The first research collaboration in the U.K. among a hospital, university and community pharmacist is taking place through a project from Liverpool John Moores University (LJMU), the Royal Liverpool and Broadgreen University Hospitals NHS Trust and LloydsPharmacy. The collaboration aims to improve the way patients use their medicines outside hospitals and will be carried out in the newly opened Center for Pharmacy Innovation at the LJMU School of Pharmacy and Biomolecular Sciences.
Research will initially focus on identifying improvements in how patients’ medicines are managed and prescribed when patients are admitted to the hospital and when they are discharged and must continue taking medicine. The research aims to find a new process that provides safe and effective management of medicines for patients from the hospital to the community with an enhanced role for community pharmacies. The new model will be piloted at the Royal and evaluated with the aim of providing a new way of working for hospitals and pharmacies across the U.K.
The project also will support the development of a post-graduate education and training program to better equip community pharmacy teams with the skills to advise patients about their health, from minor ailments to diabetes and asthma control, providing a resource for the wider NHS community and pharmacy profession.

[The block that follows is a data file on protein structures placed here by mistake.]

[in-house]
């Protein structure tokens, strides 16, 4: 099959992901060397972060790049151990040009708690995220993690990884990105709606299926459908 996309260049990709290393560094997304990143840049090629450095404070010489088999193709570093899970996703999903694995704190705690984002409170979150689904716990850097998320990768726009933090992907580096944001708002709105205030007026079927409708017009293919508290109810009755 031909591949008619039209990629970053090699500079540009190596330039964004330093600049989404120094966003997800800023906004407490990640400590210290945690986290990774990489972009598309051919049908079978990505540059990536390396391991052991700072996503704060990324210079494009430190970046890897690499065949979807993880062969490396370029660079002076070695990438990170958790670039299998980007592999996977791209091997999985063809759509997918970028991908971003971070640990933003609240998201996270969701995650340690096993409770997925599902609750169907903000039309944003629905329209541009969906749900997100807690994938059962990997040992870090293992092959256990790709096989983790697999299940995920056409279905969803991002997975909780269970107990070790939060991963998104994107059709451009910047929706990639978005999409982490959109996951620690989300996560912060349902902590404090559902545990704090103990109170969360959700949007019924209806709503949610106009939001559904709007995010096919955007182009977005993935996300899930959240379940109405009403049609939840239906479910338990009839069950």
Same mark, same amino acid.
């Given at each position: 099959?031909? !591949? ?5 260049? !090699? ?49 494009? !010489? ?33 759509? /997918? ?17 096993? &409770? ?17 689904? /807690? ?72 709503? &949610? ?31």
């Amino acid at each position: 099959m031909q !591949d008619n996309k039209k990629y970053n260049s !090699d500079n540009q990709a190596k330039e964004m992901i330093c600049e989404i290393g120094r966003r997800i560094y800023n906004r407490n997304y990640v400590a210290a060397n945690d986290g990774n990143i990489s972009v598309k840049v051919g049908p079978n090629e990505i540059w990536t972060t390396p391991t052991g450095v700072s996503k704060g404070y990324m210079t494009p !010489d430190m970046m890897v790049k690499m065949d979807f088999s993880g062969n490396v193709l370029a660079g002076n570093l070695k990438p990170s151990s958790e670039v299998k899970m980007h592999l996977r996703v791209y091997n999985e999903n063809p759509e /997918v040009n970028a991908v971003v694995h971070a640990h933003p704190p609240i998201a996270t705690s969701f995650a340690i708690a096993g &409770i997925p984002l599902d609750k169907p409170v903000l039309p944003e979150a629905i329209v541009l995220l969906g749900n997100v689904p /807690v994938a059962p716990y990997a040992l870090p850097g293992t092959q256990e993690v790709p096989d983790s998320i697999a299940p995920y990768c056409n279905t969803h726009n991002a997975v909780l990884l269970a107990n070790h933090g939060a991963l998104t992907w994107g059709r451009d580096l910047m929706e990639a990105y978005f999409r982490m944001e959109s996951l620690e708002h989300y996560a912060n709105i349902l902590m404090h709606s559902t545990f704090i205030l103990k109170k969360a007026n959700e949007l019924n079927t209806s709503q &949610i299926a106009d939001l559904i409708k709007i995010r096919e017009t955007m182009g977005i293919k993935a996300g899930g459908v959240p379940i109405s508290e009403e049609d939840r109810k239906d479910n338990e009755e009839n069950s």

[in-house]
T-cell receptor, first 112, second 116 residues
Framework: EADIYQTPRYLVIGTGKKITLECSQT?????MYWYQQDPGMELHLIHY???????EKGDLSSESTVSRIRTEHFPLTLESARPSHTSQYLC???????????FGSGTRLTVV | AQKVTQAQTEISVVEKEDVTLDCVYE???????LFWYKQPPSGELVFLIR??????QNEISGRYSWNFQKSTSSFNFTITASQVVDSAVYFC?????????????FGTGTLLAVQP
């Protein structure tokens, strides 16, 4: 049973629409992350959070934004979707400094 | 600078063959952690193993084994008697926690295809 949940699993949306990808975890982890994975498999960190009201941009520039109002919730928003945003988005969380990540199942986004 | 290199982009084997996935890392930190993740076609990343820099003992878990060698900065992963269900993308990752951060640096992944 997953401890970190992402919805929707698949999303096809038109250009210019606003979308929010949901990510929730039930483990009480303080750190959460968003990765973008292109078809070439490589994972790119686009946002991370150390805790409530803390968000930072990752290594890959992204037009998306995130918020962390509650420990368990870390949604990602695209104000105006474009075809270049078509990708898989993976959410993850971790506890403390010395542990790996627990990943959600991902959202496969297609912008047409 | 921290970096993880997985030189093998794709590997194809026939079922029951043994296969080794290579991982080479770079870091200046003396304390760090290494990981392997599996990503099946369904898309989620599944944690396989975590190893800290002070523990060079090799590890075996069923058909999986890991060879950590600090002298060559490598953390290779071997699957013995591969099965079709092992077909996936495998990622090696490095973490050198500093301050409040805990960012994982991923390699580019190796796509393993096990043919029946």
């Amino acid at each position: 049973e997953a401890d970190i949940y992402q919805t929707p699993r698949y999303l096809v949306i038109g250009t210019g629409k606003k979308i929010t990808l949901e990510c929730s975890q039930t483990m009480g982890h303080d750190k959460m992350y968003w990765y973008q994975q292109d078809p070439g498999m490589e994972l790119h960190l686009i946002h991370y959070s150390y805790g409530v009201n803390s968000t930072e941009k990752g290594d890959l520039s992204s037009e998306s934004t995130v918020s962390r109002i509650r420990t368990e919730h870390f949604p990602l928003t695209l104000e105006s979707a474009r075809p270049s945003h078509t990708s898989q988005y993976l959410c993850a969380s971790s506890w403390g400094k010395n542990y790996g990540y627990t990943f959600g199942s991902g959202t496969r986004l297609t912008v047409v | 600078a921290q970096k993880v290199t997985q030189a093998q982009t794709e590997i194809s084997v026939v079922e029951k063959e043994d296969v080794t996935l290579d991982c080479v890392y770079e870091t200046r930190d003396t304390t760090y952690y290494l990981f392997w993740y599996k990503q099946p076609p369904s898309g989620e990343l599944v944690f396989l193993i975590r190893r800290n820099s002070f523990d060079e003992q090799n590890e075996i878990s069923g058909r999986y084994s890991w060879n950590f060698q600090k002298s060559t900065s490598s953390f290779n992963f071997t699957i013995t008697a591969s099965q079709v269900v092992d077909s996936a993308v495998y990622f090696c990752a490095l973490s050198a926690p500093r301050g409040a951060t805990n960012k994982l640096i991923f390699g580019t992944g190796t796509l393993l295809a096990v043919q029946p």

Alison Ewing, clinical director of pharmacy at the Trust and chair in pharmacy innovation at LJMU’s Faculty of Science, is leading the strategy for the research program. Ewing said, "Many patients find it difficult to manage their medication when they are discharged from hospital and this often leads to their health deteriorating and they end of having to come back into hospital. The NHS aims to make greater use of community pharmacies to support patients outside hospitals. Our research aims to find ways in which hospital and community pharmacies can work together so that patients can benefit from greater support in managing their medication better.
Andrew Willetts, healthcare solutions director leading the project on behalf of LloydsPharmacy, said, "With pressure on the NHS continuing to rise and patient safety being more important than ever, there is an opportunity for pharmacy to alleviate this pressure by providing hospitals with an approved clinical pathway.”